🔥Let’s Do DevOps: Creating 60k GitHub Auto-Link References to Jira
This blog series focuses on presenting complex DevOps projects as simple and approachable via plain language and lots of pictures. You can do it!
GitHub is a fantastic place for code, but probably isn’t where you’re managing your ticket queue, right? You could use GitHub Issues to keep track of specific issues with a code-base, but your project manager isn’t going to be happy with that — they’d much rather see an aggregate queue of work on all the different team boards in something like Atlassian’s Jira ticketing system.
So all the work comes from Jira, and is implemented in GitHub. Those ticket numbers are all over your code commits, your PR comments, and your git history.
And GitHub has a tremendously useful feature that helps you find your way back to Jira — it’s called an auto-link reference, and it means once configured on a repo, any string in any context (commit message, comment, PR message, etc.) will become a hyperlink and link back to your ticketing system! That could save a heck of a lot of time.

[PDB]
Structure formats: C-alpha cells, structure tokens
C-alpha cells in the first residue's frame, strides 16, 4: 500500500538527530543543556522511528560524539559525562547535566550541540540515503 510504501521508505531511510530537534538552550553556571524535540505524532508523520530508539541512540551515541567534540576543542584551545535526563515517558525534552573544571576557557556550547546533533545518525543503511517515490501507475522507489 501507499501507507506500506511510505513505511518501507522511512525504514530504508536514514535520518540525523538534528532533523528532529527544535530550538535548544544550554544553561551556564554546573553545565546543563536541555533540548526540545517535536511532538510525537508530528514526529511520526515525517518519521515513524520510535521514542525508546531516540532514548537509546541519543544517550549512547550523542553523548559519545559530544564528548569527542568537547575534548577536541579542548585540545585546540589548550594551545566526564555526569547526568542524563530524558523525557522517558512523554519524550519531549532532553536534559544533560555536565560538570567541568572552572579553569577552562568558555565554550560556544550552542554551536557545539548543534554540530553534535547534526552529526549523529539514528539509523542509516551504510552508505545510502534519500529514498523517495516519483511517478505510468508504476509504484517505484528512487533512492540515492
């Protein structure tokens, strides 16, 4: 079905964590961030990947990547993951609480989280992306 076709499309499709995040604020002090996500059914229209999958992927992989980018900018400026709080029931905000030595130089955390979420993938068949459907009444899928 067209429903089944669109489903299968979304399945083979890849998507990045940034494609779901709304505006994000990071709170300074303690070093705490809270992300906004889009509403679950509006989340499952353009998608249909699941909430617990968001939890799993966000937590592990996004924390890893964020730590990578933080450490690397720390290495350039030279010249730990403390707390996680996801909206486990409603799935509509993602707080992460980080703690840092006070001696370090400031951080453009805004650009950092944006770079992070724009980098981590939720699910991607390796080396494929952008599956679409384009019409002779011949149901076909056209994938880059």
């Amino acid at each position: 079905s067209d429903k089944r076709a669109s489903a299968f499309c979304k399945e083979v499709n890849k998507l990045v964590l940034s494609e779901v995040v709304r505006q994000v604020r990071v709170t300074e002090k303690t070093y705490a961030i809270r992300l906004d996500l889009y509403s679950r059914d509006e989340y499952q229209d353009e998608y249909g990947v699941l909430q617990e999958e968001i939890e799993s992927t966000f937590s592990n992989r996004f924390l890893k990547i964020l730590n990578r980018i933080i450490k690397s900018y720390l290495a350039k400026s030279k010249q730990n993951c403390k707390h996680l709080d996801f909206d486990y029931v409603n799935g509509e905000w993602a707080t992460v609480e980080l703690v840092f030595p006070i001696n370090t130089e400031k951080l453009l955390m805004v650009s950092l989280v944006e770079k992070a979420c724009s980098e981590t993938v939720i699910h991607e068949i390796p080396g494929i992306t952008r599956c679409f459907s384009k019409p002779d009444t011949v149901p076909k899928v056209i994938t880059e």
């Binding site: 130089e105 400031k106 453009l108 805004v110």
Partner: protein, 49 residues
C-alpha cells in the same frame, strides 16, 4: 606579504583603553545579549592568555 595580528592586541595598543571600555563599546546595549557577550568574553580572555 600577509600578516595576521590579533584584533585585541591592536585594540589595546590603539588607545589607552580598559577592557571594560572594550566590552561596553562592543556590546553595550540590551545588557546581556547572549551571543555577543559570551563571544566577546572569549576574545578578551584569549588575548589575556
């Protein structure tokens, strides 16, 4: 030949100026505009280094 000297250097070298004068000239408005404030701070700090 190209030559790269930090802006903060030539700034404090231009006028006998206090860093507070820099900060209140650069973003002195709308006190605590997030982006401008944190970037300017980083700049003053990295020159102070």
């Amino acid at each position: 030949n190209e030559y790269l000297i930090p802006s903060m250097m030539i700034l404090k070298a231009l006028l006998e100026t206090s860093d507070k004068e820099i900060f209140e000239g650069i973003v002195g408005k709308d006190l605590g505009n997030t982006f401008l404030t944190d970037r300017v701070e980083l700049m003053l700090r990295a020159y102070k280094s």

Unfortunately it doesn’t live within an Org configuration — it lives at the Repo level. I have 42 ticket projects to watch for, and I have 1,426 repositories to configure.
That means I need to deploy 59,892 auto-link references. Holy moly.
We’re not going to click our way through that. Let’s write some automation.
Loop Through all the Repos In Your Org
Since all these settings are at the repo level, rather than the Org level, we need to iterate through each repo. I wrote about this in a recent blog, but let’s pull out just the things we need. First, we need to count how many repos we have.
On line 2, we do an authenticated REST call to get all the Organization-level info, including Repo Type counts. We lookup the private counts (line 9) and public cout (line 10), and then add them together on line 11.